(Photo by Holly Quinn)
What’s most interesting about Y Innovations’ Straw Bale House Project isn’t the unusual building materials or novel approach to addressing homelessness and utilizing vacant lots. It’s not even that the nonprofit’s founders, Brennan Stark and Steve Burns, are 18-year-olds barely out of high school.
It’s the commitment to an idea that sounds like the type of project that seems too good to be possible: Ecologically superior homes made of agricultural waste products that are as efficient, fire resistant and sturdy as traditional houses but cost exponentially less, making them an affordable option for families who otherwise could not afford to own or even rent a family-suitable house or apartment.
Straw bale houses are a growing trend with ecology-minded folks of the upper classes, and they don’t resemble the first little piggy’s house at all. Y innovations’ design is simple — a two-bedroom, one-story house with a driveway (off-street parking is a requirement for new homes built in the city) and an elevated back garden — using firmly packed straw as insulation, not walls, roof or exterior.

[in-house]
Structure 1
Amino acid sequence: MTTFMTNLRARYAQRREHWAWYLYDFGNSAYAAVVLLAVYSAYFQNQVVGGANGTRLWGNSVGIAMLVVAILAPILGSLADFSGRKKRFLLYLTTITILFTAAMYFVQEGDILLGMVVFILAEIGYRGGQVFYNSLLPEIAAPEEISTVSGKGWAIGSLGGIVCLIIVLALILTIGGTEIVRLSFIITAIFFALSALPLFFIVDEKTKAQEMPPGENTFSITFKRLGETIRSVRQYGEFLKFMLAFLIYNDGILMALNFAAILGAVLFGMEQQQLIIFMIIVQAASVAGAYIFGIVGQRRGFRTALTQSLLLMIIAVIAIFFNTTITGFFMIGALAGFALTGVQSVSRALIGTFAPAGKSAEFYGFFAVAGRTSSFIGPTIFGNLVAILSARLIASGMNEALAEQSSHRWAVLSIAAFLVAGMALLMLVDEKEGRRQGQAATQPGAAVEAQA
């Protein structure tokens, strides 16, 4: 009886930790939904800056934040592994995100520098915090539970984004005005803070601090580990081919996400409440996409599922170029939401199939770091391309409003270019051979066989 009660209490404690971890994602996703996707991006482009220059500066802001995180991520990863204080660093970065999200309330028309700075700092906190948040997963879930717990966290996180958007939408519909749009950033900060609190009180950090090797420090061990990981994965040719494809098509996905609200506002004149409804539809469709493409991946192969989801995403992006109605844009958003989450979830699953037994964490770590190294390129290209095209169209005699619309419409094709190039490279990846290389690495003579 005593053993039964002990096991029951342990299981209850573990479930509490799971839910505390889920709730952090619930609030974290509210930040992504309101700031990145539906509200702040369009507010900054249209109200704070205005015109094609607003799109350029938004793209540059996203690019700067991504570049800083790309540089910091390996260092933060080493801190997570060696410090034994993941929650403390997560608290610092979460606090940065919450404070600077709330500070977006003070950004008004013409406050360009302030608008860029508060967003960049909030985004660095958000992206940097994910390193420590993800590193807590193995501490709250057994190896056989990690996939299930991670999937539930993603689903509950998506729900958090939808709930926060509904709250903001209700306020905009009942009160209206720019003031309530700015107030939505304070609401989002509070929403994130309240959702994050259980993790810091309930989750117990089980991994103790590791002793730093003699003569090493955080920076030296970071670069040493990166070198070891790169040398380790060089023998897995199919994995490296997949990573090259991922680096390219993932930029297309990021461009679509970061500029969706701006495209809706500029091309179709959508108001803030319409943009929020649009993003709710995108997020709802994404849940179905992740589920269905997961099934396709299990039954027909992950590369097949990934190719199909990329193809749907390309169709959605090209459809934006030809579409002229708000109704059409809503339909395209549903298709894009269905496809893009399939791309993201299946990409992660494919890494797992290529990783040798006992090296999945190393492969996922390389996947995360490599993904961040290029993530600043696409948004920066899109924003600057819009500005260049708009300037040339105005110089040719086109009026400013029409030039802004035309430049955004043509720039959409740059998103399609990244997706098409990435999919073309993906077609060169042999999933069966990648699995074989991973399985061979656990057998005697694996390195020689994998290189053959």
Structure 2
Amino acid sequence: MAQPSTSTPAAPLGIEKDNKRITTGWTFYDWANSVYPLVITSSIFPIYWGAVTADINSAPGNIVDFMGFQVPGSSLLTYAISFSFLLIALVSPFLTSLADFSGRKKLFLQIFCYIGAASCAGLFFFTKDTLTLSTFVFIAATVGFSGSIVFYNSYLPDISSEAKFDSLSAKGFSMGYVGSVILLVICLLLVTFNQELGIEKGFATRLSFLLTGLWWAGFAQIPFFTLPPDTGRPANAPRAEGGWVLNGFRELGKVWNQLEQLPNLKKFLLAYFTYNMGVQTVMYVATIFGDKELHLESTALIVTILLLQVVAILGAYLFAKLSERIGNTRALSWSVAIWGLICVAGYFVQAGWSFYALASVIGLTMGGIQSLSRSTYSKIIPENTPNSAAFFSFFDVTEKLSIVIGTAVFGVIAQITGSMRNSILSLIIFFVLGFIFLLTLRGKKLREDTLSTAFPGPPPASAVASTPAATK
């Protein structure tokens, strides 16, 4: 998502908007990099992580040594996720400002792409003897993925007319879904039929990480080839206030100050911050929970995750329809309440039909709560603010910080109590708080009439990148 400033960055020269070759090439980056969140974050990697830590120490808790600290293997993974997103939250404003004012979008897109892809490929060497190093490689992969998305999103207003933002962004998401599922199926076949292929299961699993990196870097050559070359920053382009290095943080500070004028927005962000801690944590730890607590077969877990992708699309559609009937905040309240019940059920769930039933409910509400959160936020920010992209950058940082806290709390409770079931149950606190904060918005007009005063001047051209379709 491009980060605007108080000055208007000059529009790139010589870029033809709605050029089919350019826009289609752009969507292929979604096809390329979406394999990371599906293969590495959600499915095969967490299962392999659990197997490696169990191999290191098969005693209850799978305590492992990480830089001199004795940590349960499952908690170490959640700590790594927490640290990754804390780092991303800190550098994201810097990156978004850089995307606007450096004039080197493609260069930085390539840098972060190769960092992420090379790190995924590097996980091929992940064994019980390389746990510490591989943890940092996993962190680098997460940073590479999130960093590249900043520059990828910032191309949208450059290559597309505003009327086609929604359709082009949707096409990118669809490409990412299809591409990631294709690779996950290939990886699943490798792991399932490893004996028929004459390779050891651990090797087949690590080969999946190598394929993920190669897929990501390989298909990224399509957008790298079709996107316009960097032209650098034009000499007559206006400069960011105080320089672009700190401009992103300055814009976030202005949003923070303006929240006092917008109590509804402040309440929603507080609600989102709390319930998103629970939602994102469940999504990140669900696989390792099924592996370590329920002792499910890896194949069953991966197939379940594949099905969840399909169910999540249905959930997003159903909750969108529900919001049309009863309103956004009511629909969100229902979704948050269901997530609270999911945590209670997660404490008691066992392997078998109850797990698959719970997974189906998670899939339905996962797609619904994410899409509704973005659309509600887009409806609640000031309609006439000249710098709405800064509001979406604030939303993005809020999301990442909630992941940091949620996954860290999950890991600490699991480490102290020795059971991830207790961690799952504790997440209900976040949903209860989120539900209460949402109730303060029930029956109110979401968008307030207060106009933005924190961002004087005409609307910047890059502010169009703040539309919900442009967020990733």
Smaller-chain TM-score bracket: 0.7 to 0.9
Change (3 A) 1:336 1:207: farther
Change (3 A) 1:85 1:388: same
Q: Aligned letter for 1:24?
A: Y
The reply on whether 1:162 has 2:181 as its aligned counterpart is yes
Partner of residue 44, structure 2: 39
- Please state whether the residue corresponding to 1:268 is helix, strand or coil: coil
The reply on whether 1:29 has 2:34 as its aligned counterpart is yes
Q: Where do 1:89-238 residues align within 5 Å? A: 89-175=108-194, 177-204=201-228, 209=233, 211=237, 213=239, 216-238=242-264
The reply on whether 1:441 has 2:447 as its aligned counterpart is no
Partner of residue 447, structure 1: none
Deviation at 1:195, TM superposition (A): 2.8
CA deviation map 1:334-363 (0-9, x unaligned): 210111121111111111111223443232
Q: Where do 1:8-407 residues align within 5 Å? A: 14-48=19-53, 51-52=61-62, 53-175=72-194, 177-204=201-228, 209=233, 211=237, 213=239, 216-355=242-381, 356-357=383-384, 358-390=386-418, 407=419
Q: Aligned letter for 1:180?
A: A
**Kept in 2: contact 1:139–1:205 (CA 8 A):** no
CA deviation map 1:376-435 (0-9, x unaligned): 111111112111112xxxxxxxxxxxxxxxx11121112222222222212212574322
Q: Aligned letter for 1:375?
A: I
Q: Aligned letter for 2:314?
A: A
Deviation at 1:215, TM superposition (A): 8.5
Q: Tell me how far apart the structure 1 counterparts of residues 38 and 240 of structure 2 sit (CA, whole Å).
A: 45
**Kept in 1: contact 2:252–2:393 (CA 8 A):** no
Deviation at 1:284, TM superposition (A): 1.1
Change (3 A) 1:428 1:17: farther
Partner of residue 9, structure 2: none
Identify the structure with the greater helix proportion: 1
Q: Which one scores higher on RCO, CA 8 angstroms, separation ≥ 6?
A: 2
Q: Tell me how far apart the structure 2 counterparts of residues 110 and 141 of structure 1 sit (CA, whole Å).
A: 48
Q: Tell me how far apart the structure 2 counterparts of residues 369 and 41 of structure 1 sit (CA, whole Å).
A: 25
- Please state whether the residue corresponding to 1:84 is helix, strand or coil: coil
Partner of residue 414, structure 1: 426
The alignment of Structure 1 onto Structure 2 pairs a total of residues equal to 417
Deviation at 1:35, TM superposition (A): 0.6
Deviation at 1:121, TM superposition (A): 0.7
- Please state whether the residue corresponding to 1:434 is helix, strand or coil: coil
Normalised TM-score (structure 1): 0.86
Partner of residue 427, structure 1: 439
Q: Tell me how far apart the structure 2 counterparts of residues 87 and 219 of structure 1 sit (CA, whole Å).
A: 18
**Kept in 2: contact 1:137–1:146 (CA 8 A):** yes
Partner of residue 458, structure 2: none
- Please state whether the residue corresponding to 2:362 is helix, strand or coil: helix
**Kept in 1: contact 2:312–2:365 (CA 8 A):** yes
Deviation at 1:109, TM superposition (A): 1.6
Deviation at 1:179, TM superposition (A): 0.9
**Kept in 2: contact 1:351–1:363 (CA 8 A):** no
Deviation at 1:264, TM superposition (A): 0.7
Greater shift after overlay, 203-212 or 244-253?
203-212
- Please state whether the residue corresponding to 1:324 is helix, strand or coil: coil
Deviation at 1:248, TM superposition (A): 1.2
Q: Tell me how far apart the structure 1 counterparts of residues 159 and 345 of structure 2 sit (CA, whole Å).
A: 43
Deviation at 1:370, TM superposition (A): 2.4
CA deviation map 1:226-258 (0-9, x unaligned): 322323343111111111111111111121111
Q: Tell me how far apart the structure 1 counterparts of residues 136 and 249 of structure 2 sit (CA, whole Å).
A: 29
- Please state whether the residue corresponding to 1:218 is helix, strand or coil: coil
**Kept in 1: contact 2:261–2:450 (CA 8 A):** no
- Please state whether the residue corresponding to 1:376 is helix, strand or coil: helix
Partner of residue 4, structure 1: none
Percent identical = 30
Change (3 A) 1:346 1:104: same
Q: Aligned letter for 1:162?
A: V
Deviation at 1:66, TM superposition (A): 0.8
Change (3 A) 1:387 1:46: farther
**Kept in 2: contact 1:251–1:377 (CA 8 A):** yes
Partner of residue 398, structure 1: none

The groundbreaking drew a small crowd to the still empty lot, the overgrowth removed to reveal five trees in various states lining the back. Guests included U.S. Sen. Chris Coons, Wilmington City Council President Hanifa Shabazz and Mayor Mike Purzycki, as well as Ryan Catalani of Family Promise and project sponsors.
Check out the photos below. You can follow the Straw Bale House Project’s progress at YInnovations.org.
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